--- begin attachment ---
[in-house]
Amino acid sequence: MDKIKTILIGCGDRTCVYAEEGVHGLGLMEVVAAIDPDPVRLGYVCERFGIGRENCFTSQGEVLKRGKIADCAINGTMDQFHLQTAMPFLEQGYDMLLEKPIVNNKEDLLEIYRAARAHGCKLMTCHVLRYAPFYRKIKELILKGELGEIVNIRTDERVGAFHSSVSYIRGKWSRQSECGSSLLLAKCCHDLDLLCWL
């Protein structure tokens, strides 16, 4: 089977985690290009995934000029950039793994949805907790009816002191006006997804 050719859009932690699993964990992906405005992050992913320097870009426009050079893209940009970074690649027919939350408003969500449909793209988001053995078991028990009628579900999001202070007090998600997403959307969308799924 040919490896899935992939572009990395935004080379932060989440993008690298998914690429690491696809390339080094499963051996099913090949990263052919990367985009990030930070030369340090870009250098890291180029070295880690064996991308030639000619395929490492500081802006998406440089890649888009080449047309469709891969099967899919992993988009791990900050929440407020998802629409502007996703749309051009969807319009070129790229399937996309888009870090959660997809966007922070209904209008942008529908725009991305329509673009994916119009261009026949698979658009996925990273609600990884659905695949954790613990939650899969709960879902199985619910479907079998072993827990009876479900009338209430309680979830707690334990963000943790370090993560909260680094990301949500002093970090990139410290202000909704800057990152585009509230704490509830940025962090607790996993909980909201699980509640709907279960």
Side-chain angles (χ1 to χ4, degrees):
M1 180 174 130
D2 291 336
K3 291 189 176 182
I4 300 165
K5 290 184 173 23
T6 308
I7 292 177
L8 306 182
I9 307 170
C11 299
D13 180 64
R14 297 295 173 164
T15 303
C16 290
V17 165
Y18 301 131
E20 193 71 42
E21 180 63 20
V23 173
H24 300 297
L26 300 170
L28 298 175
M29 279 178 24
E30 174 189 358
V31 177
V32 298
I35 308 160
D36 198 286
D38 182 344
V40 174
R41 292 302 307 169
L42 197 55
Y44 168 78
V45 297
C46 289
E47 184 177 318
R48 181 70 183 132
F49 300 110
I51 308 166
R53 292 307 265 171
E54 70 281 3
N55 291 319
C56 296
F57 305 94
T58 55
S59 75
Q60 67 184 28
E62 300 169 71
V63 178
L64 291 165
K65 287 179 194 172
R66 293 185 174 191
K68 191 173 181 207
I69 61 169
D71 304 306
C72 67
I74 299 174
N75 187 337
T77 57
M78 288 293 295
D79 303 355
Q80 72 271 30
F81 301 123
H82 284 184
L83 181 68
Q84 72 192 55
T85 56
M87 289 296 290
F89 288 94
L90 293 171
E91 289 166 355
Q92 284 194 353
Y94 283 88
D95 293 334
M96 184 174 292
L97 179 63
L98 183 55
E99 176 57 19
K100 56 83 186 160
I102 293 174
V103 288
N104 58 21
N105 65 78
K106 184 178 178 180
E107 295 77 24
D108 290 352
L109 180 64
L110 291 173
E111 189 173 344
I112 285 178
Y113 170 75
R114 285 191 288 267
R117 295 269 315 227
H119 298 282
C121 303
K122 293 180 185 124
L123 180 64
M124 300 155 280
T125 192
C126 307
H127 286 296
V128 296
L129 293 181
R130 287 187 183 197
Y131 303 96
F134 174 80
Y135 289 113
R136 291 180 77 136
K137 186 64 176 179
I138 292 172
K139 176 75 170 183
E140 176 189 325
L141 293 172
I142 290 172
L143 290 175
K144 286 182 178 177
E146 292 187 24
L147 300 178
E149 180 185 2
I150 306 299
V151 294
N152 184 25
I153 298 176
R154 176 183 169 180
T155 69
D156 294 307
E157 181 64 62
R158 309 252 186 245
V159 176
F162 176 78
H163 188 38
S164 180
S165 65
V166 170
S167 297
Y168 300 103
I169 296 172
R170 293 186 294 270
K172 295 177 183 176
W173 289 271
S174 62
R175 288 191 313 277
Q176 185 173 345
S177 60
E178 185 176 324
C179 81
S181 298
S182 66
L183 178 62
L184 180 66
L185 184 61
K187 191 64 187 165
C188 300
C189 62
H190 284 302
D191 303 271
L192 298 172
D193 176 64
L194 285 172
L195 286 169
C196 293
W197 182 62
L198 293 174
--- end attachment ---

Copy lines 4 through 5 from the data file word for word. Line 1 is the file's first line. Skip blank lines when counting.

Side-chain angles (χ1 to χ4, degrees):
M1 180 174 130